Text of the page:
Seattle nonprofit lands $19.8 million for protein research

The institute collaborates with faculty and students at the University of Washington, and it has already spun out three companies.

The Institute for Systems Biology, a Seattle nonprofit research center led by gene-sequencing pioneer Dr. Leroy Hood, said yesterday it has landed a $19.8 million contract from the National Institutes of Health to advance understanding of proteomics, the study of how proteins interact in the body.

By Luke Timmerman
Seattle Times business reporter

The institute is one of 10 research centers across the country getting a total of $157 million in federal contracts over seven years for an effort to better understand the roots of disease. Other chunks of money will go to budding proteomics centers at Yale, Stanford, Boston University, Johns Hopkins and others.

In the wake of recent breakthroughs unraveling the human genetic code, proteomics is increasingly being viewed by scientists as the next step. Scientists say genes provide the instructions for making proteins, and proteins carry out the real action inside the cell.

Institute for Systems Biology

Status: Nonprofit research center
Founded: January 2000
Located: North Lake Union, Seattle
President: Dr. Leroy Hood
Employees: 170
Financial backers: Merck, National Institutes of Health, M.J. Murdock Charitable Trust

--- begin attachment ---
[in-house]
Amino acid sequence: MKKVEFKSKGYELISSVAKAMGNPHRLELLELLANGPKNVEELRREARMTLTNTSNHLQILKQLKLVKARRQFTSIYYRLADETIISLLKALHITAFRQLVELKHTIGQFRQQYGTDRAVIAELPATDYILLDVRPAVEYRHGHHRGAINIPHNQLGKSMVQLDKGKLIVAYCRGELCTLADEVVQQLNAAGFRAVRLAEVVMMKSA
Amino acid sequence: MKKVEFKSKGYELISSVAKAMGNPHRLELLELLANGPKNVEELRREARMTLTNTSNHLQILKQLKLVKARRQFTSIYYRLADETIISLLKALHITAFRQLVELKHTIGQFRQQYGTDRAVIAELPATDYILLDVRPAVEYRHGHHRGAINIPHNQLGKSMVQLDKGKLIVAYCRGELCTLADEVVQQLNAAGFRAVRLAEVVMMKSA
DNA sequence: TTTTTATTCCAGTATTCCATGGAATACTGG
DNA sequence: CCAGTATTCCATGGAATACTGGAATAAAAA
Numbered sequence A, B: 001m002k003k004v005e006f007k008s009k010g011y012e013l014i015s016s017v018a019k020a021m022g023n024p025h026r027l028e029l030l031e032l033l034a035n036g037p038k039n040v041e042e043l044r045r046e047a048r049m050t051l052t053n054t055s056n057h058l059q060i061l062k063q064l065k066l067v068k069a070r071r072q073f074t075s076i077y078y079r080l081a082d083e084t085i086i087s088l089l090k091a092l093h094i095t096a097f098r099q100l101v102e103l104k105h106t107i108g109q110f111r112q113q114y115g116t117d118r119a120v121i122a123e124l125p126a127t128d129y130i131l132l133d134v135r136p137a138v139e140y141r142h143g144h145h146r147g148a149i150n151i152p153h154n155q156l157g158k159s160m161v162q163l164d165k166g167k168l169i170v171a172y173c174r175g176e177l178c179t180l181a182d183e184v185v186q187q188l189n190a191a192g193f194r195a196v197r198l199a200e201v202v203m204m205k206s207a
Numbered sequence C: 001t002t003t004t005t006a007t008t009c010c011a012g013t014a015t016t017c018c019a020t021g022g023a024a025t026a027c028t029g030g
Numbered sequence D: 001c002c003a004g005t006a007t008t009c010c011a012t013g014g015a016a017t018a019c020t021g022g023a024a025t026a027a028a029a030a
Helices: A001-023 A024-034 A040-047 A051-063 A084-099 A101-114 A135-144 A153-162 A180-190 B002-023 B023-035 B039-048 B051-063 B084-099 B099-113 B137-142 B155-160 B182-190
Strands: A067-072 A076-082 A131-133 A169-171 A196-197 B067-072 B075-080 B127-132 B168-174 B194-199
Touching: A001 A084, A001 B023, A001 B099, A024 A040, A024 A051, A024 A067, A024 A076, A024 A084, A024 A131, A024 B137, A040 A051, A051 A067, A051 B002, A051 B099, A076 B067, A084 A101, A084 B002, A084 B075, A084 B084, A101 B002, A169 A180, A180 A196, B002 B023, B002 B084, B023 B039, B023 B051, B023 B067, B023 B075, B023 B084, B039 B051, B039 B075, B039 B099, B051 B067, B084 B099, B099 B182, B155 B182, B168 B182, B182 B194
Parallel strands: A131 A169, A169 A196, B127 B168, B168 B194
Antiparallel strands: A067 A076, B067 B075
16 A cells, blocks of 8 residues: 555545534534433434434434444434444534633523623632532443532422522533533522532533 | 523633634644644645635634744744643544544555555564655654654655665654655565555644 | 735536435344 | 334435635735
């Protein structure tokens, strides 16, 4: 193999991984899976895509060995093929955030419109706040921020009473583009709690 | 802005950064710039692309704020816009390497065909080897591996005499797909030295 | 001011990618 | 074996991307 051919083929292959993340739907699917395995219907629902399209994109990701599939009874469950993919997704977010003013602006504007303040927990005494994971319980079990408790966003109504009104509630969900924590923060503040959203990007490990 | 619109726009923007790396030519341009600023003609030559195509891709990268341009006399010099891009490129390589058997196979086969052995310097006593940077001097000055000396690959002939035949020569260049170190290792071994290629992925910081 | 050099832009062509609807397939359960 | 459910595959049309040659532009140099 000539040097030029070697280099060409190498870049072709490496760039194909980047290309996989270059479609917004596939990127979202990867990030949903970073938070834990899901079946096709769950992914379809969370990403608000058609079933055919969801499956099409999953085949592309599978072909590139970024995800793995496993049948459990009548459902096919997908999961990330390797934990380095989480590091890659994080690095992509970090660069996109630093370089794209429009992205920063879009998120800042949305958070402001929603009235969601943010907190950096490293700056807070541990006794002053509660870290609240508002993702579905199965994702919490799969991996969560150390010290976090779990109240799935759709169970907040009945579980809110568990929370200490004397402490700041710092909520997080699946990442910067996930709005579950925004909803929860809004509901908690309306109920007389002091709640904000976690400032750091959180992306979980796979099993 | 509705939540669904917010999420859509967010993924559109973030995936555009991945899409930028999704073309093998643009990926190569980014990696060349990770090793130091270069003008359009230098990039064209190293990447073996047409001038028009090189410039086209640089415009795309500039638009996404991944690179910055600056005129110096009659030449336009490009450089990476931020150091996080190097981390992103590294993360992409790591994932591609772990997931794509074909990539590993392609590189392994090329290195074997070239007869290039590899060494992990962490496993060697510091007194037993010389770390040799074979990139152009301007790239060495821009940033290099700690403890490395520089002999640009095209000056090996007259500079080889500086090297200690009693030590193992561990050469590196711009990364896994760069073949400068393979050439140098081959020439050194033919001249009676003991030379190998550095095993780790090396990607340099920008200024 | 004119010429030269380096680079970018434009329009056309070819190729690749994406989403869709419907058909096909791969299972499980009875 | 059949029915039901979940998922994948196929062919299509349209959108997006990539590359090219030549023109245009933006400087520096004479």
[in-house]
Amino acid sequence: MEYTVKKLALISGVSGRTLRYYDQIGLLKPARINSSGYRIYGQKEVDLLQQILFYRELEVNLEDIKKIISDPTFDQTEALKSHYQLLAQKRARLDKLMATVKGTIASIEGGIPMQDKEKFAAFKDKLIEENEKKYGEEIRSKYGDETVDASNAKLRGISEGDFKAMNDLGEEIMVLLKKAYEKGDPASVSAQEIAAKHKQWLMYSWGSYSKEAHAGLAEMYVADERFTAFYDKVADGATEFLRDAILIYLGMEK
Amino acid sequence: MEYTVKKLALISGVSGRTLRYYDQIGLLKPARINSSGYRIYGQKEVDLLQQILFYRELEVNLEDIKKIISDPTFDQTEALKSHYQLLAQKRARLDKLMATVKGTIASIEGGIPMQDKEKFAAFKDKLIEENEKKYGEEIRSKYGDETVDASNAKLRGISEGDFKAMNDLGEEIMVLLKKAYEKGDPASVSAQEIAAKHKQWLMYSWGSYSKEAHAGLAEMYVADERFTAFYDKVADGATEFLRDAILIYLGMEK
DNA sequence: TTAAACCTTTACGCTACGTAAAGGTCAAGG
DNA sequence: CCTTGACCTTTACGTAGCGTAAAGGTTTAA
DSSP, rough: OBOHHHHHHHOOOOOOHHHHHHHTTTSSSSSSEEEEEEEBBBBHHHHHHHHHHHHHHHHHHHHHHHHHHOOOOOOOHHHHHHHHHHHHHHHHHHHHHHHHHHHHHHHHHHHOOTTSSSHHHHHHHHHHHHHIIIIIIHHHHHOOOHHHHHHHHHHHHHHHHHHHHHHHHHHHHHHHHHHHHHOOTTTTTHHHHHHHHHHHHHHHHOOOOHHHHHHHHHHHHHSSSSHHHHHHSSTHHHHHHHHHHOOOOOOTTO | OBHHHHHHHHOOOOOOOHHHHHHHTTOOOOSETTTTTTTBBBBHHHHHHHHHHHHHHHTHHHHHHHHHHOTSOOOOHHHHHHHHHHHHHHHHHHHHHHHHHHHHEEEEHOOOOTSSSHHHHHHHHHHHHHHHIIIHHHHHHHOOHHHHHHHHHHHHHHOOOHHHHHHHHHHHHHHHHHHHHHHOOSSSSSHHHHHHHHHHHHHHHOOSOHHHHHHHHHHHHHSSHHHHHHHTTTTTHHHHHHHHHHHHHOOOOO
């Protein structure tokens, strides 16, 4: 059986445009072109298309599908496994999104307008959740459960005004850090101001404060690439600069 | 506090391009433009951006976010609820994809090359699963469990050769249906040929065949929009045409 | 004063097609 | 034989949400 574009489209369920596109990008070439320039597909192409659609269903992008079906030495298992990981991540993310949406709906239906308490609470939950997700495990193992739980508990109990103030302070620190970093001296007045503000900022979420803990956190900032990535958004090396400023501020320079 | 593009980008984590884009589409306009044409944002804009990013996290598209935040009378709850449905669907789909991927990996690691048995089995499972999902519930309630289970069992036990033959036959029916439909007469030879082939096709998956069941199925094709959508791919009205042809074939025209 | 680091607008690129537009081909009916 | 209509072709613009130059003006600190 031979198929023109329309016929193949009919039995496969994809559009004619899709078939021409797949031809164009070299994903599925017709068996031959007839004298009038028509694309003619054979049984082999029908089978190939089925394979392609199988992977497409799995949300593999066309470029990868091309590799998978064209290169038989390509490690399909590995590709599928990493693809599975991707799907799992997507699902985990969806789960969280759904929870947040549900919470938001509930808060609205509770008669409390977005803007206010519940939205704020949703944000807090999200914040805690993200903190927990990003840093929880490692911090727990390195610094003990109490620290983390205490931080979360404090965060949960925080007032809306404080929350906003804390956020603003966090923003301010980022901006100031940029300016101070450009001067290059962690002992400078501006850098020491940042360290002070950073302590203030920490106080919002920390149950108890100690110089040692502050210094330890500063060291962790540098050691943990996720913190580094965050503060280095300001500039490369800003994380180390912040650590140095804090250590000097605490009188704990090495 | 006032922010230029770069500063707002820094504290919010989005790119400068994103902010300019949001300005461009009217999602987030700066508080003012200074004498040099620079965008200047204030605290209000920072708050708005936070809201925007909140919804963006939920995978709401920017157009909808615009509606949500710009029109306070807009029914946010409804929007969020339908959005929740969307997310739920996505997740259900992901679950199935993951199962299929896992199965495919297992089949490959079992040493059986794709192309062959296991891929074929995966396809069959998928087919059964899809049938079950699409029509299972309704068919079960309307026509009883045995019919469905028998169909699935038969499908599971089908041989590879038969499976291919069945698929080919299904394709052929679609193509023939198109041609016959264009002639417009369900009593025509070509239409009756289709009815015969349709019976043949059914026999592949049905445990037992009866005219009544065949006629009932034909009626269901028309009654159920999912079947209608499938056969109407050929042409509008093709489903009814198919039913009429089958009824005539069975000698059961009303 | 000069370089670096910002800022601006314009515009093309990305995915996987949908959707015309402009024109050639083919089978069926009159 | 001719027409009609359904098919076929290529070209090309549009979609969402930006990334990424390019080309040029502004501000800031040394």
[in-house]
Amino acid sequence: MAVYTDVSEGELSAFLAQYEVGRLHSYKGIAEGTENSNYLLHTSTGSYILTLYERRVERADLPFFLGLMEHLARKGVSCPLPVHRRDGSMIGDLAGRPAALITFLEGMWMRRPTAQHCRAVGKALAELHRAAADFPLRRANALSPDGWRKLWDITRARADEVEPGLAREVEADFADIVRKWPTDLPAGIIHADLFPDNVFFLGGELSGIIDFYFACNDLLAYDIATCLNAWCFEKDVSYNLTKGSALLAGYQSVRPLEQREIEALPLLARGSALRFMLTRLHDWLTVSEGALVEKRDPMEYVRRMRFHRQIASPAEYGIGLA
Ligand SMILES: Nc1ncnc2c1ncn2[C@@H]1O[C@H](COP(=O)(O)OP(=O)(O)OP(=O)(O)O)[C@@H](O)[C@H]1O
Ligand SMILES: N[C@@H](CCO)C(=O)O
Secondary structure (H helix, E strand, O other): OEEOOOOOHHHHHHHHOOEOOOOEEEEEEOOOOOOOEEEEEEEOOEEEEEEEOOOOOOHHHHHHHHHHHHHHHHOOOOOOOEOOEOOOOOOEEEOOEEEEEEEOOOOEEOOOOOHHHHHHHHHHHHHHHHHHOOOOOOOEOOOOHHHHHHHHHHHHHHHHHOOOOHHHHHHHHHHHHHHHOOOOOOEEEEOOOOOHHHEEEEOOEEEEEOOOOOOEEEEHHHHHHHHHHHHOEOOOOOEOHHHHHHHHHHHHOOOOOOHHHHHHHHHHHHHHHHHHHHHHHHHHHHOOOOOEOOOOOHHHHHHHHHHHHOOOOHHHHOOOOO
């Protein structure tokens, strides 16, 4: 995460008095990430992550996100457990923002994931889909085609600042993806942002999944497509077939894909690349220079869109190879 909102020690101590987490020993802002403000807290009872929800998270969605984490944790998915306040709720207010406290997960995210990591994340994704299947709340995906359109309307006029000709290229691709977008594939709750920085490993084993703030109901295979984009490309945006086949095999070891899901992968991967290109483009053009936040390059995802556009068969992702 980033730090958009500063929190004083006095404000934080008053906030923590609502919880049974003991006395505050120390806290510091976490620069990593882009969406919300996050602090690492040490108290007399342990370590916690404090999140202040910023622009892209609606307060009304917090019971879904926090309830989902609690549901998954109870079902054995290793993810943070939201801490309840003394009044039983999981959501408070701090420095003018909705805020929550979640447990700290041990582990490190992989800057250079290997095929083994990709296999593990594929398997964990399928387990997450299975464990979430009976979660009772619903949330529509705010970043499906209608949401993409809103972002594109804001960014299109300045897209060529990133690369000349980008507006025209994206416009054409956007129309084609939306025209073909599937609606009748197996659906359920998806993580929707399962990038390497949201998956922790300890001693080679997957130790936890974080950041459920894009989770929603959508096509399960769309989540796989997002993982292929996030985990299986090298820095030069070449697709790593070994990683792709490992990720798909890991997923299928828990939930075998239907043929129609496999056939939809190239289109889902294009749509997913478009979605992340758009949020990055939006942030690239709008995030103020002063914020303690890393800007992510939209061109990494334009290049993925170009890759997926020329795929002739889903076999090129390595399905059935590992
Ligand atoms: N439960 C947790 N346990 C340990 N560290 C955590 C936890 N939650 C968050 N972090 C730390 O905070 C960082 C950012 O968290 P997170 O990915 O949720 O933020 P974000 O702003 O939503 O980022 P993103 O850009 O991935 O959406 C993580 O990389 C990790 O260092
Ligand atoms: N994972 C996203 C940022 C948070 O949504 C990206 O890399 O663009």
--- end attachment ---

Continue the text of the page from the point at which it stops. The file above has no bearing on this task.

— Source: Institute for Systems Biology
Dr. Ruedi Aebersold, a co-founder of the institute and a proteomics expert, said the contract is longer than the usual three to five years, which will give the institute long-term stability and the resources to tackle more risky and ambitious goals.

The grant will enable the institute to better collaborate with researchers, including those at the University of Washington, Fred Hutchinson Cancer Research Center and Amgen, he said. In particular, the institute wants to build technologies capable of handling the massive data needed to analyze proteins.

"It’s important not only because it provides substantial dollars but also because it provides us a long-term horizon," Aebersold said. Aebersold’s group at the institute is attempting to use high-speed instruments and computers to analyze thousands of proteins in action.

Scientists want to know how proteins interact and change in the body when, for example, they are produced to digest food. Proteins have historically been difficult to study because they are heavy and structurally complex chemical compounds and because they constantly are changing. In the past, scientists have attempted to study them one at a time.

The contract will clearly help shore up the institute’s finances. It will get $2 million of the contract in the first year. So far, the institute says it has snagged funding commitments worth $90 million from the federal government, industry, foundations and individual donations.

Just as with the biotech industry, fund raising for the nonprofit has been difficult.

The institute was founded in January 2000, shortly before the stock-market bubble burst. Hood’s initial goal was to raise a $200 million endowment to establish the institute’s ability to straddle the worlds of academia and industry.

The institute collaborates with faculty and students at the University of Washington, and it has already spun out three companies.

Luke Timmerman: 206-515-5644 or [email protected].

Copyright © 2002 The Seattle Times Company

Sorry, we couldn't find any posts. Please try a different search.

Leave a Comment

You must be logged in to post a comment.